It’s been over a half-year since The Last Jedi divided America. One side frantically applauded it for breaking away from the norms of the series and delivering a resonating finish. The other side cursed it for its agendas, its Mary Sue, and the disrespect of Luke Skywalker. Oh, and the sea cow milking. That too.
But while the TLJ argument will continue from now until episode IX, were here to talk about ten other recent movies that’ve pitted neighbor against neighbor. Sure, these discussions may’ve lacked the foaming mouths that made up the Star Wars arguments. But they split up their audiences just as much.
For this list, we chose films from the last decade. So, don’t expect 21st century films like The Fountain, Dogville, or Saw. And no, were not talking about Batman v Superman or its director’s cut. Because that movie is awful no matter what you add or slice.
Who would have a list like this without adding Lars von Trier? There’s a few pictures you could choose from in his filmography. In fact, the entire “Depression Trilogy” could be discussed here.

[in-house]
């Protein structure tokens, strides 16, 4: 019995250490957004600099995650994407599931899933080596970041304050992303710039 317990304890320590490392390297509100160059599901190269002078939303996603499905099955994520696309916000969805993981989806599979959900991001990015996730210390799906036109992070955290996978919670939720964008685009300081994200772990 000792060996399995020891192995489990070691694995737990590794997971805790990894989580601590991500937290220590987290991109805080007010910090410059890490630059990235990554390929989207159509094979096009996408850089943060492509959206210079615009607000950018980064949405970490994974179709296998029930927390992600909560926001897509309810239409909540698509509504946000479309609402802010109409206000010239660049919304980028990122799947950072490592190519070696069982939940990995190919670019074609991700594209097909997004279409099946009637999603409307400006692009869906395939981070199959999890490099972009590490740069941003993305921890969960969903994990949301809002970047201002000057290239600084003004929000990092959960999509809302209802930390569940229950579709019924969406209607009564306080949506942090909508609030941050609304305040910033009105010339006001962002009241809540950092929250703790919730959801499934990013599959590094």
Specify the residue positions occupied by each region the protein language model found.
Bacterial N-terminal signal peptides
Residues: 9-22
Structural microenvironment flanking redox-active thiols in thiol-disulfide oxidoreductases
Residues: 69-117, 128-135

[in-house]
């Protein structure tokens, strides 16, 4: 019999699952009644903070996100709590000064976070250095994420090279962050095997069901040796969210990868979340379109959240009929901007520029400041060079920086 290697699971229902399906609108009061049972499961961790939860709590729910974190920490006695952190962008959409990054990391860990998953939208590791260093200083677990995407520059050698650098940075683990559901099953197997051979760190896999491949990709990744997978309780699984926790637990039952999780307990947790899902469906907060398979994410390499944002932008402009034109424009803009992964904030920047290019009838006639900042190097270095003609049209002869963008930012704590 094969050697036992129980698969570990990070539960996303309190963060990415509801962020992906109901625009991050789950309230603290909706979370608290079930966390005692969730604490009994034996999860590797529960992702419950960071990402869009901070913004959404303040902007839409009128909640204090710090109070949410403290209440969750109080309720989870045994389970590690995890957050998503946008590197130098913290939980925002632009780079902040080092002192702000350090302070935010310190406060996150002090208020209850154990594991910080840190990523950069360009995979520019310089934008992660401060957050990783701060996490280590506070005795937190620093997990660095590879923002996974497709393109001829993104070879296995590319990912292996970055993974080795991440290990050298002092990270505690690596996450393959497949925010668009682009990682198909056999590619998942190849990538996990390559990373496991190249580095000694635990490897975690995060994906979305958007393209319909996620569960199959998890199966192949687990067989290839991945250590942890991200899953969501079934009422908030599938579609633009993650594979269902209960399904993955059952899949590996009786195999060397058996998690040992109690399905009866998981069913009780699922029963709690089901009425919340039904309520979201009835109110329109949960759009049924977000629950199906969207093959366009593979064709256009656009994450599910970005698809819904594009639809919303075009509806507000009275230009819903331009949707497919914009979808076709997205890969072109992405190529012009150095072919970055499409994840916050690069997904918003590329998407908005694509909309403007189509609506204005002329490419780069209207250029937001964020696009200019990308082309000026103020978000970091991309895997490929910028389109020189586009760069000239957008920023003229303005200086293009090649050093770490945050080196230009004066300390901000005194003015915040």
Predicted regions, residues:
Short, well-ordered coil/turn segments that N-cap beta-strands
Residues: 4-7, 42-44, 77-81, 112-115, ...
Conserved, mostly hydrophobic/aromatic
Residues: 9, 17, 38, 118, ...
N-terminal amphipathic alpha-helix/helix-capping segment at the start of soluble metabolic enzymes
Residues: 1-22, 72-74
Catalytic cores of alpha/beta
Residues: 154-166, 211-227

Nymphomaniac (especially pt. 2) obviously has a multitude of varying opinions. You could easily say the same for Antichrist, although von Trier’s style doesn’t necessarily sit well with everyone to begin with. And that goes for critics too.
But while Melancholia was the best reviewed of the trio, that praise only extended to certain film lovers. Most of the divide revolved around von Trier’s methods more than anything else. Many view Melancholia as pretentious filmmaking about pretentious people, a film that’s too self-aware and trying too hard. Others focus more of their complaints on how awful the dialogue is.
Fiercely meeting those charges are von Trier’s arthouse aficionados, who not only praise the film’s deep awareness of human emotion, but also scoff at the idea that the drama is exaggerated.